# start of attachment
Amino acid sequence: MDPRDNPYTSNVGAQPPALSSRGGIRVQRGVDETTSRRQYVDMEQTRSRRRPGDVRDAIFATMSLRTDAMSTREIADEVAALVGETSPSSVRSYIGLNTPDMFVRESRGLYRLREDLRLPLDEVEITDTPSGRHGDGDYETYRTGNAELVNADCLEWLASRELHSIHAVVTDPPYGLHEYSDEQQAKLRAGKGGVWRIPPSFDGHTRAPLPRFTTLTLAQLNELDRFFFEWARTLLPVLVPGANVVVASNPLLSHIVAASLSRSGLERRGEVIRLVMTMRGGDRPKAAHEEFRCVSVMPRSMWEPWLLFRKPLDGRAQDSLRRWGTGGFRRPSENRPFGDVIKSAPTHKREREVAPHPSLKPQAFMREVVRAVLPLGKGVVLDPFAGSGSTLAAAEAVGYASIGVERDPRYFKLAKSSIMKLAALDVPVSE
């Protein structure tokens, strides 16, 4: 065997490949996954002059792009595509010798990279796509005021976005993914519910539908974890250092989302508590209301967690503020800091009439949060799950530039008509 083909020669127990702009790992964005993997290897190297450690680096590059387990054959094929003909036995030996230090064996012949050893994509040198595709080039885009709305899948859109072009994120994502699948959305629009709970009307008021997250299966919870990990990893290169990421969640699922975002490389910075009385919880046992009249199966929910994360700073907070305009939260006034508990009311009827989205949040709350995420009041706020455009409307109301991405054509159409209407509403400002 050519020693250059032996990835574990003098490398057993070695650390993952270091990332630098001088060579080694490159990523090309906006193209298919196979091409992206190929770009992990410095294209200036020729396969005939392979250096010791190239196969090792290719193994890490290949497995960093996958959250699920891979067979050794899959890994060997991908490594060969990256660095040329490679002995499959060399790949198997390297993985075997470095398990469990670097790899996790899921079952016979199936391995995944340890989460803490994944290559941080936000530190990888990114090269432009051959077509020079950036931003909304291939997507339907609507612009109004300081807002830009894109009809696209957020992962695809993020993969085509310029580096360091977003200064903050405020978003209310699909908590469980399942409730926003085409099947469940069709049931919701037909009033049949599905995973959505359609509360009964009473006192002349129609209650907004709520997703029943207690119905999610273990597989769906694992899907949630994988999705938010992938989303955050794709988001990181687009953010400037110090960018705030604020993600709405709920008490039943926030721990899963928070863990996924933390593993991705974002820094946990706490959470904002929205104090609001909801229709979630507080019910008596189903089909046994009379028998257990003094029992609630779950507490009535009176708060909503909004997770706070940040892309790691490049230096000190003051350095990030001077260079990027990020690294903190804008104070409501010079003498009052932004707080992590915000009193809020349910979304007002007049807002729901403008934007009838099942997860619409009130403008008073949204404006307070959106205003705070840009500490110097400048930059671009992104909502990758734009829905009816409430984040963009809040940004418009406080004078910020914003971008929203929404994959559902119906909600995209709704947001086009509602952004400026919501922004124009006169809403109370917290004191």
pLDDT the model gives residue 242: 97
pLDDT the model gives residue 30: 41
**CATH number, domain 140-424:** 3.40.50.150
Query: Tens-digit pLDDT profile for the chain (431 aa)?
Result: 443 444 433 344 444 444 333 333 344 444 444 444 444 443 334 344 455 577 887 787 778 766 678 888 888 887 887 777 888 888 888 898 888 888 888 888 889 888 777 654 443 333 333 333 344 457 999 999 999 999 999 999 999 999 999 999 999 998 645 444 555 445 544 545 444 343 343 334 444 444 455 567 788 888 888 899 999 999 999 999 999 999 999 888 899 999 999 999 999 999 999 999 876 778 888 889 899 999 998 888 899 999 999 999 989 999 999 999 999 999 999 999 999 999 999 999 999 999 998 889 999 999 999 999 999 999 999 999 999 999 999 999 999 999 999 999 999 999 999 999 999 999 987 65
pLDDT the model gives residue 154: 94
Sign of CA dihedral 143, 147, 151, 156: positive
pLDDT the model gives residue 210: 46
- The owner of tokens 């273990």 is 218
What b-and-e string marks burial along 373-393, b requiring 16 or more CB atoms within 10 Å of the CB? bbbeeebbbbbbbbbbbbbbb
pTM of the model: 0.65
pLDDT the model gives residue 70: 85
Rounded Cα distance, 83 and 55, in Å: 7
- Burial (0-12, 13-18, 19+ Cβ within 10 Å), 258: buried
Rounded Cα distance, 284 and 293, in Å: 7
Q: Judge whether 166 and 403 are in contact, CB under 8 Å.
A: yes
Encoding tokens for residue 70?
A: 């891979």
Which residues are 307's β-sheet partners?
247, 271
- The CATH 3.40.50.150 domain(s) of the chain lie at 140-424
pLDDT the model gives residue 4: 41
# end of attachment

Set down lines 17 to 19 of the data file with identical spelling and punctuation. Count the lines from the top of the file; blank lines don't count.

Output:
Rounded Cα distance, 284 and 293, in Å: 7
Q: Judge whether 166 and 403 are in contact, CB under 8 Å.
A: yes